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I can suggest Aikido Principles "Basic Concepts of the Peaceful Martial Art" from Stefan Stenudd. The author is an Aikikai instructor but I also found the book useful as a Kobayashi style practitioner. It is mostly about the basic concepts in Aikido, not the techniques. The spiritual side of Aikido has also been mentioned. For german readers, I can also ...


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I think it's worth noting that jō is sometimes translated to English as "cane". While it doesn't match up in shape and size to a classic European cane, it does match in purpose. Another interesting fact about the jō is that it's also the size of the haft of a farmer's spear: in the feudal period of Japan, a commoner couldn't keep a full-length yari, but was ...


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I am in an Aikikai federation and I have not seen any evidence of it. We have a senior student who will read some of Ueshiba's teachings in that area before we start class but that is really the extent of it.


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First, in iwama ryu we have lot of contacts with stabbing (tsuki) so it would be less dangerous to stab with blunt kisaki. Second, there are go no awase and shichi no awase which are parrying techniques, practitioner should parring in proper way, if he parry wrong he will punch on top of the opponent bokken on his blunt kisaki and instructor will hear that ...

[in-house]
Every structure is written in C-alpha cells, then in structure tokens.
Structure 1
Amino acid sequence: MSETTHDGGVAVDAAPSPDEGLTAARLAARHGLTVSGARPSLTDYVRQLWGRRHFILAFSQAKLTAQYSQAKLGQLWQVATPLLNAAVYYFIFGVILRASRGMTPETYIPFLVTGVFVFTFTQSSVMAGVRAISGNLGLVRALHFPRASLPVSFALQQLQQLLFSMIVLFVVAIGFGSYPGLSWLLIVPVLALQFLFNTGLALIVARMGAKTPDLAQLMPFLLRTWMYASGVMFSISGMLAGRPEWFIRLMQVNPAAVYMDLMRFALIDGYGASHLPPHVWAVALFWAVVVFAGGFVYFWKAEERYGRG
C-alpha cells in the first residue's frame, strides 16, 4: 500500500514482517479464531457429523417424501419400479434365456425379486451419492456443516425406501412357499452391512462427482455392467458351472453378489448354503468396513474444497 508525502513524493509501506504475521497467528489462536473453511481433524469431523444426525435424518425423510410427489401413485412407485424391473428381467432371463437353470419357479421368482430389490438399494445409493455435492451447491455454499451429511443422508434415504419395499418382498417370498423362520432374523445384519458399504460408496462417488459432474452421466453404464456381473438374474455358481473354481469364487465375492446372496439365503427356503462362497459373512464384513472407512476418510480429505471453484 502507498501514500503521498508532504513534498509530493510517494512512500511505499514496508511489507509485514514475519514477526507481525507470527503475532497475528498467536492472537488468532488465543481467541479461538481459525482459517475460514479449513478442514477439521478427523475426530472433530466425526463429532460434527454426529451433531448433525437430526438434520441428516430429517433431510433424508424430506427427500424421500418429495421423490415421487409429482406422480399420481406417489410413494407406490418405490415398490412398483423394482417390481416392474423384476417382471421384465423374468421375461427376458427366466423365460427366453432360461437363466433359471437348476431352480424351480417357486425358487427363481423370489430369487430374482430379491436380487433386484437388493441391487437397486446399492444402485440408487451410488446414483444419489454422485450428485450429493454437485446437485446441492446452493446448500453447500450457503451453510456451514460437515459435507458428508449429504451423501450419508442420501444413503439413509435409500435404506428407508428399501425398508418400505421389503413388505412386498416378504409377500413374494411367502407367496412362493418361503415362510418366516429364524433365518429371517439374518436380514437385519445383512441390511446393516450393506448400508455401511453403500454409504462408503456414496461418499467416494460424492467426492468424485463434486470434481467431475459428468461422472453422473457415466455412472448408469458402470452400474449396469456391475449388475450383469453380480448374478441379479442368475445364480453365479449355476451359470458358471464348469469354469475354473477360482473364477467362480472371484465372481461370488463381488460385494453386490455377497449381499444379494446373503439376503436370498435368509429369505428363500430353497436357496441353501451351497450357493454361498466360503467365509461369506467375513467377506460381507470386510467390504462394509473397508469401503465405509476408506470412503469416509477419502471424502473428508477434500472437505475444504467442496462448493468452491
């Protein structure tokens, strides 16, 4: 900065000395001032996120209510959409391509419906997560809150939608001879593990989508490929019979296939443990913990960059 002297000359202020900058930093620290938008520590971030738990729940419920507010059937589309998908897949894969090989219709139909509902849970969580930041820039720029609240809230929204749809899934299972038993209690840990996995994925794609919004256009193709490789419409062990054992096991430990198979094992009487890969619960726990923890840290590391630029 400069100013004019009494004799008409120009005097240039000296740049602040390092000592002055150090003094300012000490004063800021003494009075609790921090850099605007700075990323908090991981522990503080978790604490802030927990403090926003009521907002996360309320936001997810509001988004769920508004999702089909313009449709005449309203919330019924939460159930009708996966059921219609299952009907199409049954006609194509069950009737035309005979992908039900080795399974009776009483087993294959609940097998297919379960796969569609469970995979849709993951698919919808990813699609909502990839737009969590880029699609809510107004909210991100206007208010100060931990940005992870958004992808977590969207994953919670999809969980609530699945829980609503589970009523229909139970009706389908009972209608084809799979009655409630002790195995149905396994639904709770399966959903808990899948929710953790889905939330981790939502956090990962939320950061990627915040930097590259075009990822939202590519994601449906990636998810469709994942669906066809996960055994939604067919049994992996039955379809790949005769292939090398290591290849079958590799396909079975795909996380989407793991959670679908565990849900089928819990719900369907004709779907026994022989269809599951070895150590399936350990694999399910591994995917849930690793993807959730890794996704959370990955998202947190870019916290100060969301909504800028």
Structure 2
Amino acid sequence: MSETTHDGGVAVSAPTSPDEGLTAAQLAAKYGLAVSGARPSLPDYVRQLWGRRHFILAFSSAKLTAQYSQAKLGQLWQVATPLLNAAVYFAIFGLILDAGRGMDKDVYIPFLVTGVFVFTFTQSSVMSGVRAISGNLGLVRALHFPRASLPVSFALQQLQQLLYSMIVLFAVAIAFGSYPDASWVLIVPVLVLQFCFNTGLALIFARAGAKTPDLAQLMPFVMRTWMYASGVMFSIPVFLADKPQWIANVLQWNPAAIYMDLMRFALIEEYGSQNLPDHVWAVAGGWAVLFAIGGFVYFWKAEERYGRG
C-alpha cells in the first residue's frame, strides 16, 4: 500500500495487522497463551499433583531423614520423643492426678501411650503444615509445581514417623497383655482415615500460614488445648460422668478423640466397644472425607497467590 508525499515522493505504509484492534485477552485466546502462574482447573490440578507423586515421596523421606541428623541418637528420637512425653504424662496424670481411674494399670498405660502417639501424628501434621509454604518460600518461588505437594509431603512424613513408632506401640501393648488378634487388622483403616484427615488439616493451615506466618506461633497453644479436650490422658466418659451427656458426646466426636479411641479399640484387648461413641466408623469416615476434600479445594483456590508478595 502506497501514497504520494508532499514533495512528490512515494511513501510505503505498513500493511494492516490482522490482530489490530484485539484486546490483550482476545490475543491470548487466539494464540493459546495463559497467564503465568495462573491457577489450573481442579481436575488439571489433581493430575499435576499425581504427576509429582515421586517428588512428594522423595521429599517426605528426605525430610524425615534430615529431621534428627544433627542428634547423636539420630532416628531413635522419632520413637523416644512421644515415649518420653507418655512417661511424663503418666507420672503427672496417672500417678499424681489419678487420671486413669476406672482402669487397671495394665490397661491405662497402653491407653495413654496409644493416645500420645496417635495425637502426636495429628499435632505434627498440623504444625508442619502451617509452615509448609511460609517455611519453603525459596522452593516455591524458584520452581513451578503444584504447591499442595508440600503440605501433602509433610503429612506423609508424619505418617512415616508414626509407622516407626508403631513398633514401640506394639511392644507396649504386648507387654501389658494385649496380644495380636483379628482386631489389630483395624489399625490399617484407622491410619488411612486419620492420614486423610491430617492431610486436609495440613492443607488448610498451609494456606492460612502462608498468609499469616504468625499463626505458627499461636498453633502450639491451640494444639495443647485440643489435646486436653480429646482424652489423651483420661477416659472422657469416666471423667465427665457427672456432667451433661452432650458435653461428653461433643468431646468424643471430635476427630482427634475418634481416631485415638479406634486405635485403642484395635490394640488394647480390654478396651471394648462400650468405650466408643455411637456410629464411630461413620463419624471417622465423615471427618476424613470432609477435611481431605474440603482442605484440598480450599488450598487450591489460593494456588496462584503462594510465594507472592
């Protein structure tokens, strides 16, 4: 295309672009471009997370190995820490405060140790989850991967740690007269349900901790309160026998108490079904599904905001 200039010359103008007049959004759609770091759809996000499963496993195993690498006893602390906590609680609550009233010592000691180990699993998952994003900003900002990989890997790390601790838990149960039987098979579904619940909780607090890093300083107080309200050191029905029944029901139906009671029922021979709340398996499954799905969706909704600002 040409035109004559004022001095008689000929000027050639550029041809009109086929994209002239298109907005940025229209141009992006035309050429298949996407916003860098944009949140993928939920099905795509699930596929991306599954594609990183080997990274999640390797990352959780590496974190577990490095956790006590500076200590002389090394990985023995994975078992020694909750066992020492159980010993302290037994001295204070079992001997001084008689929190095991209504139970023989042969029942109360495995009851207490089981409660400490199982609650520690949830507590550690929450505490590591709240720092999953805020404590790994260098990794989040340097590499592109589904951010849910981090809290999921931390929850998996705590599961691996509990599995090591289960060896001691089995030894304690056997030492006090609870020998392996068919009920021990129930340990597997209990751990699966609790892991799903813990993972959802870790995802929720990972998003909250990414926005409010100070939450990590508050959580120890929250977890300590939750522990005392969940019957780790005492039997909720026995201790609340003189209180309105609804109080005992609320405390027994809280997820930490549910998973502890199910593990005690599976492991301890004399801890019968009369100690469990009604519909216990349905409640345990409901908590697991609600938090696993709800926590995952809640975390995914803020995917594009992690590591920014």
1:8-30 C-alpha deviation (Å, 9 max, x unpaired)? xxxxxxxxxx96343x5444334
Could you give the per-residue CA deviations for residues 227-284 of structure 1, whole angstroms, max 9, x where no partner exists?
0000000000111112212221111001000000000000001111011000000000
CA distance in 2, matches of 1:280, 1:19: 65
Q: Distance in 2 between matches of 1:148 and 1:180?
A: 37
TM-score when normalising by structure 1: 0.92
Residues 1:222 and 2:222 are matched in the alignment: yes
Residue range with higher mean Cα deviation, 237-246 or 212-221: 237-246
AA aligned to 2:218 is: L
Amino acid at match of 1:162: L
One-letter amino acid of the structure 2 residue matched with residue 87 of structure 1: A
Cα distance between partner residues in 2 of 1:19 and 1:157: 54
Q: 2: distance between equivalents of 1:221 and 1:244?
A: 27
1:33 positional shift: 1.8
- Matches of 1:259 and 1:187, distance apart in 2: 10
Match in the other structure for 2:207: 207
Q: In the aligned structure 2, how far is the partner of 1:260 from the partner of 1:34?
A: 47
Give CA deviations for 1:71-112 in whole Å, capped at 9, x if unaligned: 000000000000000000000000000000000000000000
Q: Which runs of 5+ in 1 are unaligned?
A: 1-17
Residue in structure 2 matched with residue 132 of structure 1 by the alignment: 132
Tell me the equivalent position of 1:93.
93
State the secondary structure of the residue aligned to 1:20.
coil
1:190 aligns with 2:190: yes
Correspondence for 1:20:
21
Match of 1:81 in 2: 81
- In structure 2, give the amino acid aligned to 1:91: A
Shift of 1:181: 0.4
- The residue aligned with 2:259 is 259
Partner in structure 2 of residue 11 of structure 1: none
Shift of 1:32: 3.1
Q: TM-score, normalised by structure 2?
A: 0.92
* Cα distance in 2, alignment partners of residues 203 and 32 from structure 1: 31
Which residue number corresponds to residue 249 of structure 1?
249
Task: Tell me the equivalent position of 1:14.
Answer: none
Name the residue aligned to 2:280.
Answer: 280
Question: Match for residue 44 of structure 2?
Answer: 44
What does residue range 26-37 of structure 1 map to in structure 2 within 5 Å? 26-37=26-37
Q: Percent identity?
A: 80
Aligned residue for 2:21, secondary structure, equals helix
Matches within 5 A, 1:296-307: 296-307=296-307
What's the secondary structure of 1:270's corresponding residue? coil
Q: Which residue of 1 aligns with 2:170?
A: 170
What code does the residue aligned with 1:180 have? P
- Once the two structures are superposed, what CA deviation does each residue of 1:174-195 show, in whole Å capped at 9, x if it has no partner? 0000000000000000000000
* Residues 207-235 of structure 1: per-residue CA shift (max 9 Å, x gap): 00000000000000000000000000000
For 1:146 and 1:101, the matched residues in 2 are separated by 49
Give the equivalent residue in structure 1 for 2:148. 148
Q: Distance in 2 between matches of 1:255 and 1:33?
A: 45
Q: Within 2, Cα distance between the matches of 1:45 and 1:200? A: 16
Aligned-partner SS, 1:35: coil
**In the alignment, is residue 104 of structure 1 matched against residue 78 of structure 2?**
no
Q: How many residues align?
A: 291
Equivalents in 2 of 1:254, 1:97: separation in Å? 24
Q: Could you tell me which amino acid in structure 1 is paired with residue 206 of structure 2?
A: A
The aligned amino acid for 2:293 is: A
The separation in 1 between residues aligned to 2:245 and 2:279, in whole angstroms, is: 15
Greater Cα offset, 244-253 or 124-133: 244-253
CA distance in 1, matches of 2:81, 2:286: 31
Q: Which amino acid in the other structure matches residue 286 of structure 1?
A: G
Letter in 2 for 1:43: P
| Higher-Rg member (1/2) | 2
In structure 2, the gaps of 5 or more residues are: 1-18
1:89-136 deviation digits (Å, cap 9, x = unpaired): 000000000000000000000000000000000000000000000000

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Forget machines, bench press, or any of that. You're not trying to become static or develop slow, crushing 'python' strength in aikido. Rather, you're trying to go for dynamism. You want to flow and crash. Fast, hard and weightless. Here are some real strength practices I can suggest as opposed to the regular "strength training" you'll find in any men's ...


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There is always a counter technik; also inside the Aikido (other than punching and kicking) For every technique there is a twin technique which could be used as counter, like ying yang principle. The concept is called Kaeshi waza. Of course I would not suggest to resist the sankyo grip if your opponent/partner tori has solid control over you, it might harm ...


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Though they come from similar bases, Aikido and Judo are designed for entirely different purposes. Judo was explicitly designed as a competitive grappling sport, grappling against other judo practitioners primarily within a dojo or competition hall, and it's techniques and training have expanded to fill this role. Aikido was designed to provide a mechanism ...



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